Organizations today access data from different sources to get better insights into their business operations and make informed decisions. This data, which is in scattered form, needs to be consolidated and processed to get better insights. 

Building ETL data pipelines makes it simpler to achieve this. ETL data pipelines extract data from some source, transform it, and load it at suitable destinations. This improves data quality, accessibility, and workflows. There are numerous reliable data pipeline-building tools that help unlock the full potential of your data. 

Logstash is a widely used tool for log processing and data ingestion. As a part of Elastic Stack, it is a well-known tool for building ETL data pipelines. But, in the ever-evolving landscape of data analytics, organizations require tools that can be customized and tailored according to their needs. Thus, the need for Logstash alternatives arises. 

Elasticsearch is also part of Elastic Stack and is a go-to destination for data pipelines. It is a search and analytics engine that draws real-time insights from data. This article will explore two methods of building an ETL data pipeline for Elasticsearch.  

Logstash Overview 

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Logstash is an open-source data processing pipeline that is part of the ELK Stack. It is designed to collect, process, and ingest data from various sources. Logstash can help you transform the data before sending it to the platform of your choice, such as Elasticsearch. The tool collects data in varied forms, such as logs, databases, or APIs, and filters it. Then, your dataset is migrated to your selected destination for storage and analysis.

Key features of Logstash include:

  • Versatile Data Ingestion: Logstash supports a variety of input plugins, which helps it to load data in different forms, such as log, database, syslog, etc. This makes Logstash a versatile tool for data ingestion.
  • Efficient Filters: Logstash includes a diverse range of in-built filters that perform tasks such as parsing, geo-location, anonymization, and other transformations. Thus, you get access to efficient tools to perform data transformation processes as per your choice.
  • Alert and Monitoring: Based on certain conditions in data, Logstash can be configured to monitor and generate alerts if any change occurs in it. With this feature, you can always keep track of any updates in the data. 

Elasticsearch Overview

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Elasticsearch is a search and analytics engine. It is an open-source tool and is part of the Elastic Stack, to which Logstash and Kibana also belong. Elasticsearch is designed to deal with large volumes of data in real-time. 

Key features of Elasticsearch are:

  • User Friendly: Elasticsearch allows you to process queries in several different types of query languages, such as structured, unstructured, geo, metric, etc. It is also efficient in full-text searches and enables you to search large volumes of text-type data.
  • RESTful API: Elasticsearch provides a RESTful API, which helps you interact with the system using HTTP methods. RESTful API refers to Representational State Transfer API. It provides a framework for network applications as well as communication between client and server. In Elasticsearch, this feature allows you to integrate data with various programming languages and applications.
  • Integration With Kibana: Kibana is an open-source data visualization platform. It helps you visualize and analyze data by creating dashboards, charts, and maps. Kibana is designed to complement Elasticsearch. This seamless integration helps you to draw and share comprehensive insights from visually appealing data.

How to Use Logstash to Build ETL Pipeline for Elasticsearch

Building an ETL data pipeline in Logstash involves configuring tools to ingest data from various sources, transform it, and load it to an appropriate destination. Here are the steps to do so:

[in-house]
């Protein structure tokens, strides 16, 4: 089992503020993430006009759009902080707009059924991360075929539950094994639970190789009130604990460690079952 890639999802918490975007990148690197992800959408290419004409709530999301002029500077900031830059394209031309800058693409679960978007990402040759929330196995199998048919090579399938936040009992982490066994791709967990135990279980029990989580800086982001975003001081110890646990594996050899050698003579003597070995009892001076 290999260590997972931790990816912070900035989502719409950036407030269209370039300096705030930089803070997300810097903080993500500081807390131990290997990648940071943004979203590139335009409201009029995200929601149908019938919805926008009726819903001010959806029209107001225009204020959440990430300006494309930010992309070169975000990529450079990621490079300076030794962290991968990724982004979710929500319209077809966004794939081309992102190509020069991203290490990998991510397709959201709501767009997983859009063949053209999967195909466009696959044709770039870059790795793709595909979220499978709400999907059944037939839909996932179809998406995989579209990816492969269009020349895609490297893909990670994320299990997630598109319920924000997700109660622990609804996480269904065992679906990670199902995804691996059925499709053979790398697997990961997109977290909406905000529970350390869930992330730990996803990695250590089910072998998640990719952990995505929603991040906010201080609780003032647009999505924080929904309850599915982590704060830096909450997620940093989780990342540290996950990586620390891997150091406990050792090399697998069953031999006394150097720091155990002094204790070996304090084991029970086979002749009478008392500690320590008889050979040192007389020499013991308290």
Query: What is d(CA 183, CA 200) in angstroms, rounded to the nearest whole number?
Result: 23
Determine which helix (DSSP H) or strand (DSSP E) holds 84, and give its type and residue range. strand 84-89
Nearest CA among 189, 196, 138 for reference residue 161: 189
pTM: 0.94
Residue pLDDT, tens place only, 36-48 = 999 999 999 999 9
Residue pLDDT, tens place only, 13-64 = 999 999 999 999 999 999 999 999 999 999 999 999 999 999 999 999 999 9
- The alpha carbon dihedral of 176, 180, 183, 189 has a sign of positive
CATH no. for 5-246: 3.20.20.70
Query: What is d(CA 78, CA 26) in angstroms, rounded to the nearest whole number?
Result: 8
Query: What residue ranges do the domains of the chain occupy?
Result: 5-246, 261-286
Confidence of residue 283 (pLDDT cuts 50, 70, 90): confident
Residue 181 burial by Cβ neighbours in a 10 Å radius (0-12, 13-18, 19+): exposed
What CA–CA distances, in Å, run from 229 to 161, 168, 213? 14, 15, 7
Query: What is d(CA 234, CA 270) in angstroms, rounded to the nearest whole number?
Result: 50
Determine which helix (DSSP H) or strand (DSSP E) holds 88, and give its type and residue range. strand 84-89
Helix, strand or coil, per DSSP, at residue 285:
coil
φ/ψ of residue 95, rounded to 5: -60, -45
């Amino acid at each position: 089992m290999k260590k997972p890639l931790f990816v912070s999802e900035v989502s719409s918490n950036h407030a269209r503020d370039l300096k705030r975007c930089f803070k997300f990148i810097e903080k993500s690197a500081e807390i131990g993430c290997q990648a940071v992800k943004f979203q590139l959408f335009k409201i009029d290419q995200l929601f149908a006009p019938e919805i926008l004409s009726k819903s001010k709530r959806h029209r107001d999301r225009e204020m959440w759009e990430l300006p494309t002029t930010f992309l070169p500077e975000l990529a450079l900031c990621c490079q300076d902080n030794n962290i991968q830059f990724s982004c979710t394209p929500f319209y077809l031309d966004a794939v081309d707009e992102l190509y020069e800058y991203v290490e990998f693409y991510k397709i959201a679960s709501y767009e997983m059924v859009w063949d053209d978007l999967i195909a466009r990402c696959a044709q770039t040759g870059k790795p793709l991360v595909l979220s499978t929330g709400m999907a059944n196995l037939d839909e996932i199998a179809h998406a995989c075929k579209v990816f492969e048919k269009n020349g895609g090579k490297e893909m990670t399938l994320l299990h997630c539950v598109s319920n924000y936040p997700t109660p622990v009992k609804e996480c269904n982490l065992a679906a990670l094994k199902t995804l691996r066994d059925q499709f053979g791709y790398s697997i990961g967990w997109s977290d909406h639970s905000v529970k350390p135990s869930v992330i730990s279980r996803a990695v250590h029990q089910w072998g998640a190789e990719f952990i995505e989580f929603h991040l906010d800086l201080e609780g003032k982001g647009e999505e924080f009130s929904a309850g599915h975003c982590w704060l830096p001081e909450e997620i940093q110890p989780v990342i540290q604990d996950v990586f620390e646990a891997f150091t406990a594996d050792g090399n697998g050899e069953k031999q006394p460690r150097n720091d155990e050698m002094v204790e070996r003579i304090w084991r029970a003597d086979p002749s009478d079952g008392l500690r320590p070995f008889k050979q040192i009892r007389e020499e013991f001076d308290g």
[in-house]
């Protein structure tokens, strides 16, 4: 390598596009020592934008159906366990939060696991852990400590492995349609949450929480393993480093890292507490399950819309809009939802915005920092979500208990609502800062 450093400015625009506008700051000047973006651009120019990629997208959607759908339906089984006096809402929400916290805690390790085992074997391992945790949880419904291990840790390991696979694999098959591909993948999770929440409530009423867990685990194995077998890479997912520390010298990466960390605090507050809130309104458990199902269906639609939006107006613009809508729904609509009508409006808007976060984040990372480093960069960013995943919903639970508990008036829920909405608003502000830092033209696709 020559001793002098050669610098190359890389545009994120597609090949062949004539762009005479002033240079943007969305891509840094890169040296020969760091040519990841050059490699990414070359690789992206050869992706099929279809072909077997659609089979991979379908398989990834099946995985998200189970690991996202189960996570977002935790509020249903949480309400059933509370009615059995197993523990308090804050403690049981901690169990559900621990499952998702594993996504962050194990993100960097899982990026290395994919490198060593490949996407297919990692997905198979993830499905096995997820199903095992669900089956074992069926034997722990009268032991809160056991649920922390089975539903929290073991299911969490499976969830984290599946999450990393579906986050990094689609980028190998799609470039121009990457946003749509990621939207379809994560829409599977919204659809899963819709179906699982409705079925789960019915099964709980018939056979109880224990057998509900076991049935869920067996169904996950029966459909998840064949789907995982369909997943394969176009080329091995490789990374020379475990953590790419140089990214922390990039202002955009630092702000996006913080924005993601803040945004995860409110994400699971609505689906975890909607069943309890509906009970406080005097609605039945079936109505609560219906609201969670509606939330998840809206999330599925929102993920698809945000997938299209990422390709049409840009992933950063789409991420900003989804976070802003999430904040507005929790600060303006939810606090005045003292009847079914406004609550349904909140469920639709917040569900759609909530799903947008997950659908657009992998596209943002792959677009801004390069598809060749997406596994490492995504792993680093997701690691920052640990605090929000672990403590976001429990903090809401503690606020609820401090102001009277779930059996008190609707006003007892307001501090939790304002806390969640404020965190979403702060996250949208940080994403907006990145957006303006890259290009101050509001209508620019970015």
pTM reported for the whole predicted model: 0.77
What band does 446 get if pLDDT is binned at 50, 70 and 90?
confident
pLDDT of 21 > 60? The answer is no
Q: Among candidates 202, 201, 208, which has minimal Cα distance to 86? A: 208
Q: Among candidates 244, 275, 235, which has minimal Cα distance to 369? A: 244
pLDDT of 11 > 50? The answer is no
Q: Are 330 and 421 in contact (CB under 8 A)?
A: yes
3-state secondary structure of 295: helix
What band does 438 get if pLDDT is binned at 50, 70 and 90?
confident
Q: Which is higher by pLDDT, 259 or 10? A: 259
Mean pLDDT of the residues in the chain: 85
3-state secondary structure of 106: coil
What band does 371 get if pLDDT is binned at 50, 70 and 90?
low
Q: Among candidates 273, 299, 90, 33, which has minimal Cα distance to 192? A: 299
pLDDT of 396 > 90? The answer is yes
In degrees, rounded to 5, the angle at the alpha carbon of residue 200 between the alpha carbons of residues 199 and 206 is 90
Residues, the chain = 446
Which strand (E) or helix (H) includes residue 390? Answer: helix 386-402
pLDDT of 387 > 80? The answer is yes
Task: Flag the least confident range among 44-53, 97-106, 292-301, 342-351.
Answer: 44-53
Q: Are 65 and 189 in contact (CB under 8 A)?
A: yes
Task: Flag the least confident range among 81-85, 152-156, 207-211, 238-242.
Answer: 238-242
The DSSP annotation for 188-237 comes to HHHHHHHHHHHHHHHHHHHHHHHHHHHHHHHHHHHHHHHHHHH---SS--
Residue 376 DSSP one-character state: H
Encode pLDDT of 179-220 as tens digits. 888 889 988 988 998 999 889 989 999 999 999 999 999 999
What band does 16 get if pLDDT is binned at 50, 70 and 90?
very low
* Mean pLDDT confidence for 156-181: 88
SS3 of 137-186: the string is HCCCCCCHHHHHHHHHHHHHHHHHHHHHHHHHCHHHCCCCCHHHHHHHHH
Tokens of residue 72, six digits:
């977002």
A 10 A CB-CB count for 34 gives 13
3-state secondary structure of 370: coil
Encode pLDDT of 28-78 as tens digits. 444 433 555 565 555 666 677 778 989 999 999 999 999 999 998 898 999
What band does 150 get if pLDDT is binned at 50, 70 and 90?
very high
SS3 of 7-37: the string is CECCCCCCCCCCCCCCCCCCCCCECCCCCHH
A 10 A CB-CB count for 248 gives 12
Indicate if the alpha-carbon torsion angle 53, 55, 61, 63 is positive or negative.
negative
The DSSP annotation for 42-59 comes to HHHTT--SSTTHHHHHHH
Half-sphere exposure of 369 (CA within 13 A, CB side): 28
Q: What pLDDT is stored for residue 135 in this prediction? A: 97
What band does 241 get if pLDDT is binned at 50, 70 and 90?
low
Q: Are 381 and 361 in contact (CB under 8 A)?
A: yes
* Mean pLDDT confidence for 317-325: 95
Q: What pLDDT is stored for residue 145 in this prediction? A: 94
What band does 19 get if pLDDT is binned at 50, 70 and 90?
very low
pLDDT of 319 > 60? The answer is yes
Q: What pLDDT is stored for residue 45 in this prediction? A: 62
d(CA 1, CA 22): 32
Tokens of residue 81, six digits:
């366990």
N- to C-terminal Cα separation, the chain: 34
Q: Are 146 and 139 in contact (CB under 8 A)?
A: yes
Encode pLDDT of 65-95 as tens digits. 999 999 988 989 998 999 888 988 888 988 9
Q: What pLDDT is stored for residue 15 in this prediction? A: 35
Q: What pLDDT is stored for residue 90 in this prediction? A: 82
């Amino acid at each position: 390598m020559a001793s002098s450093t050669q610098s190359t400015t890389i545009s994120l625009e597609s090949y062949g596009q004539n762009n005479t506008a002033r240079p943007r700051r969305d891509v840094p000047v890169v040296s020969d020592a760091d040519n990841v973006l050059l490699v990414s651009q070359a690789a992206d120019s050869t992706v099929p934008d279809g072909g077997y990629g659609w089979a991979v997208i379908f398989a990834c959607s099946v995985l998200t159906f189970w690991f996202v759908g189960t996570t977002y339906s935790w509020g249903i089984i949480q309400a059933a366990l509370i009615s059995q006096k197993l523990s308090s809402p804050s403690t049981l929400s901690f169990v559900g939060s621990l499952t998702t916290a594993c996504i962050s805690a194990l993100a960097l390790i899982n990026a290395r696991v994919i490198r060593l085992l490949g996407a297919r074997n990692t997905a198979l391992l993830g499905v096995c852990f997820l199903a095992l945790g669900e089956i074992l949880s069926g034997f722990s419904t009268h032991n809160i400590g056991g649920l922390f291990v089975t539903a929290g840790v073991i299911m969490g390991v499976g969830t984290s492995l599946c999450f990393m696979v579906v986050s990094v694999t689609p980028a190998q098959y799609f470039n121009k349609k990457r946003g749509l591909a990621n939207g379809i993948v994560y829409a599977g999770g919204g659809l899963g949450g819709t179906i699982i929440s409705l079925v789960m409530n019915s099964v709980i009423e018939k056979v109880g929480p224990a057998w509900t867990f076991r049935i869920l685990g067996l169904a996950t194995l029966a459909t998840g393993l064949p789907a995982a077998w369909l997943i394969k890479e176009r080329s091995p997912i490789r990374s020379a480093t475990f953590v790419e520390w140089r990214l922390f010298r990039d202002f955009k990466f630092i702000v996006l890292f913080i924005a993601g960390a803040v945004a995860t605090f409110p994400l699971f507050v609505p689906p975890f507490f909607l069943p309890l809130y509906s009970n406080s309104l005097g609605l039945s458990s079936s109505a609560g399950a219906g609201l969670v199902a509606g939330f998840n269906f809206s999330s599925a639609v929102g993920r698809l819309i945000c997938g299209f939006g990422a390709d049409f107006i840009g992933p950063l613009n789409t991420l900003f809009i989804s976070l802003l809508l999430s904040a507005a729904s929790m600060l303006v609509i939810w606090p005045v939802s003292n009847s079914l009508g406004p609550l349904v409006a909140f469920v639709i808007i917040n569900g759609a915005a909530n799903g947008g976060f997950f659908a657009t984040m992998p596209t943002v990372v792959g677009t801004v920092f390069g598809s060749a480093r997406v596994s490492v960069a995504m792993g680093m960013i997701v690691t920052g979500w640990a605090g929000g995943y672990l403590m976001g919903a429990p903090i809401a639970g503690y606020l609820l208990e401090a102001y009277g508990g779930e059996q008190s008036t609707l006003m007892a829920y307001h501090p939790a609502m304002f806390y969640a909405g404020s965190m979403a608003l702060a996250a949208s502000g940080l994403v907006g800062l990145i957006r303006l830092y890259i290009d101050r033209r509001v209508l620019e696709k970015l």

Step 1: Installation

Install Logstash on your server by downloading it from its official website.

Step 2: Define the Data Source 

Logstash supports a variety of data sources, such as ArcSight, Netflow, MySQL, etc. You can choose any of these to extract your data from it. 

Step 3: Data Transformation 

Apply the required transformations to the data that is extracted using Logstash filters. You can use Grok, Mutate, Date GeoIP, etc. filters to transform your data. The flexibility and customization facilities of Logstash filters allow you to transform large volumes of data as per your needs. 

Step 4: Define Destination 

Specify the destination where you want to load your transformed data. Usually, Elasticsearch is the go-to destination for Logstash. 

You can run, monitor, and troubleshoot the errors in the data after building the ETL pipeline, too. This way, you have a secure data storage system that enables you to analyze the data whenever required. 

The Need for Logstash Alternative

Logstash is a robust tool for data ingestion and processing. However, sometimes, you need other tools due to specific requirements or constraints. This gives rise to Logstash alternatives that provide you with more features or ease the process of migrating data.

Some of the prominent reasons to find Logstash alternatives are:

  • Consumption of Resources: Logstash is a part of Elastic Stack, which consumes a high share of system resources. This makes it difficult to deal with, especially when the volume of data is large. Thus, the need to find lightweight Logstash alternatives that are not very resource-consuming arises.
  • To Cater to Specific Needs: Sometimes, alternatives are better suited to meet your specific requirements. These can include demand patterns prevalent in the industry, clients' needs, or more variety and number of data sources. 
  • Ease of Use: Some users who do not have sound technical knowledge may find the configuration of Logstash to be complex and difficult to use. Thus, they may look for simpler Logstash alternatives that are easy to adopt and implement.

Easy Ways to Build an ETL Data Pipeline for Elasticsearch

There are two ways to build an ETL pipeline for Elasticsearch:

  • Method 1: Involves No-Code Tools Like Estuary Flow
  • Method 2: Manually creating custom code for ETL processes

Method 1: Using Estuary Flow to Build ETL Data Pipeline for Elasticsearch